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Florida, Mexico Still On FDA Salmonella Radar

Posted by Jane Akre
Monday, June 16, 2008 1:09 PM EST
Category: On The Road, Major Medical, Protecting Your Family
Tags: Salmonella, Public Health, Food Safety, Toxic Substances

Red plum, red roma and red round tomatoes are the focus of salmonella investigation by the FDA.




Tomatoes in New Mexico, Indiana, and one state in Mexico have been cleared as the source of a salmonella contamination that remains a mystery to FDA inspectors.  So far 228 have been sickened since April.

On Friday, the Food and Drug Administration (FDA) announced it was focusing its investigation on Florida and Mexico, the areas harvesting when the majority of people got sick beginning in April.  One grower or packer is the likely source, and Florida has been the source of a number of recent salmonella outbreaks.

Florida remains the only state that is on the FDA safe state list that is broken down by counties.

The latest from the federal agency is that 37states have now been cleared as the source. Puerto Rico, Israel, and Guatemala have also been cleared, as has Baja California, the first area in Mexico considered safe.

Mexican tomatoes are supposed to be imported into the U.S. only after they have been inspected by state agriculture officials. Mexico accounts for 84 percent of U.S. imports.

Mexican officials are complaining that the FDA is moving too slowly to determine the source of the contamination resulting in a slowdown of sales.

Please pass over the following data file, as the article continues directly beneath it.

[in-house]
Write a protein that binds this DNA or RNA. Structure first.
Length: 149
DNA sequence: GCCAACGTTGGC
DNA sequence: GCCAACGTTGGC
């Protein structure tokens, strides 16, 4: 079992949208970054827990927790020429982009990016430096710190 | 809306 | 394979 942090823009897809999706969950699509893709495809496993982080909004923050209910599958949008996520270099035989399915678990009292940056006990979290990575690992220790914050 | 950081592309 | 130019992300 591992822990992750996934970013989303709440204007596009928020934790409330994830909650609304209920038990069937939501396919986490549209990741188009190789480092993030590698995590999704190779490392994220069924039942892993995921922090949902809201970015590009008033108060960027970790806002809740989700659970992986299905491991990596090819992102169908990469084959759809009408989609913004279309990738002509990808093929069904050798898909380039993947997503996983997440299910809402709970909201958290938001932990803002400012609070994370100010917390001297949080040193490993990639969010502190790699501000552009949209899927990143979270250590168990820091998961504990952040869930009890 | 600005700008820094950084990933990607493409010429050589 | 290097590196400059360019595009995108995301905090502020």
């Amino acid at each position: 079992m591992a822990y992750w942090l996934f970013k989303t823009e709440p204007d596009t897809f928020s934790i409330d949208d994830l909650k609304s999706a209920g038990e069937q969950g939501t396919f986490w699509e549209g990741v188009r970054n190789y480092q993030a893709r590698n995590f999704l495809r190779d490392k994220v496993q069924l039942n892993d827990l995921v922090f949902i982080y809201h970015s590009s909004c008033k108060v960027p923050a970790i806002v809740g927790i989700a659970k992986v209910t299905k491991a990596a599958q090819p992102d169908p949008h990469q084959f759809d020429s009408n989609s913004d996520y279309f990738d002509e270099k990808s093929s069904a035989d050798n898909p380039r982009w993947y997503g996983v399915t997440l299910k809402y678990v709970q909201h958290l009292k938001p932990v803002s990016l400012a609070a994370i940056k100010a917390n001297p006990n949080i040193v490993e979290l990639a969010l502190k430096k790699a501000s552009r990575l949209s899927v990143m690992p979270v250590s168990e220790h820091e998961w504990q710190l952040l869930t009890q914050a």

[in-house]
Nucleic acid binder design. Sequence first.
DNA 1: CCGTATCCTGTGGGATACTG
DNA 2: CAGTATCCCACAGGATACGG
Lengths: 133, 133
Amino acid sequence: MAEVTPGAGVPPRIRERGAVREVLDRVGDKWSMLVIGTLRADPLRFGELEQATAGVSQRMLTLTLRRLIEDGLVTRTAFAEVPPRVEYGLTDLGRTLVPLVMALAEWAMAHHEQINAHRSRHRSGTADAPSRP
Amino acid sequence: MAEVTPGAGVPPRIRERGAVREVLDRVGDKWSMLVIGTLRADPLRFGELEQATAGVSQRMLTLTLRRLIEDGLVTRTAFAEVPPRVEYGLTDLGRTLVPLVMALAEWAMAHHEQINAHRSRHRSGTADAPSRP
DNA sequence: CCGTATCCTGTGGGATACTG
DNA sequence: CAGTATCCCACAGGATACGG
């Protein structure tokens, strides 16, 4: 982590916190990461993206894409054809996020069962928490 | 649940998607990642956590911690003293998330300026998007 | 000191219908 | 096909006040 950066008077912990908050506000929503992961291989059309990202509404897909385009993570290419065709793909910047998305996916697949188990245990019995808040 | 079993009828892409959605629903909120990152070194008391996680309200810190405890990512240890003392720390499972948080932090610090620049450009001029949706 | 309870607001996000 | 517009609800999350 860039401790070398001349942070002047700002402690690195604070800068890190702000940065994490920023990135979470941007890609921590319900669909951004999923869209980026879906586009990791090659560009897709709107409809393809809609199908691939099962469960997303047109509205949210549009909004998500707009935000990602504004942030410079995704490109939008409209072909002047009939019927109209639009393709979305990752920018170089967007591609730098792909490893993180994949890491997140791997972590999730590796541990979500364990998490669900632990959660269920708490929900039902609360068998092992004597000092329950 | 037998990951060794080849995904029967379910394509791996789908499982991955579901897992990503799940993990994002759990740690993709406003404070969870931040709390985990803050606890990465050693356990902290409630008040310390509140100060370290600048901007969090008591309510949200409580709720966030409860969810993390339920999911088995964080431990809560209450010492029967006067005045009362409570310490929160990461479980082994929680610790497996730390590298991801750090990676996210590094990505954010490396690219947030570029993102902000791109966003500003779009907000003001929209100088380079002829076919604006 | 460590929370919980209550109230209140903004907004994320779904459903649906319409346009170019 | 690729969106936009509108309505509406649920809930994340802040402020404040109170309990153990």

Changes are coming to make future investigations easier. The Produce Marketing Association, an industry group, is encouraging growers to put a code on boxes being shipped that would help track the journey of a tomato from farm to supplier, to store and restaurant.

Country-of-origin labels, coming later this year, will help consumers identify what area their produce comes from. About half of produce already carries an origin label.

Newsweek reports that these salmonella outbreaks undermine consumer confidence and are fueling a return to locally grown produce.

Craig Minowa, with Organic Consumers Association, says farmer's markets are recording record sales this year. “With each incident, it's pushing people more and more to buy locally and from family farms," says Minowa.

Red plum, red roma and red round tomatoes are the source of the contamination. Tomatoes from your backyard, with a vine still on them, and cherry and grape tomatoes have been cleared.

On Friday, the FDA identified two restaurants as part of the same food chain that had a total of nine people sickened from the specific strain of salmonella, the Saintpaul strain.  However, FDA officials refused to name the restaurant or its location.

“The FDA ought to release the names. It is being irresponsible if it knows a source and is not revealing it,” Jaydee Hanson, a food policy analyst with the nonprofit, Center for Food Safety, tells IB News.

Hanson says if the agency is trying to protect industry over the public; it may have the opposite effect, by making consumers wary of all restaurants and grocery stores.

Hanson adds that the man with cancer who died and was found to be contaminated with Saintpaul, had some pico de gallo, made from tomatoes. 

“He is an example of the most vulnerable, someone with cancer, AIDS, a young child or old person. That describes about a quarter of the U.S. population," Hanson says.  #

1 Comment

Posted by Jack
Tuesday, June 17, 2008 11:52 AM EST

Track this recall at LINK information on the tomato's:

LINK /commonConsole/recallalert.asp?alert=NZ08F000533

LINK /commonConsole/recallalert.asp?alert=NZ08F000520

Comments for this article are closed.

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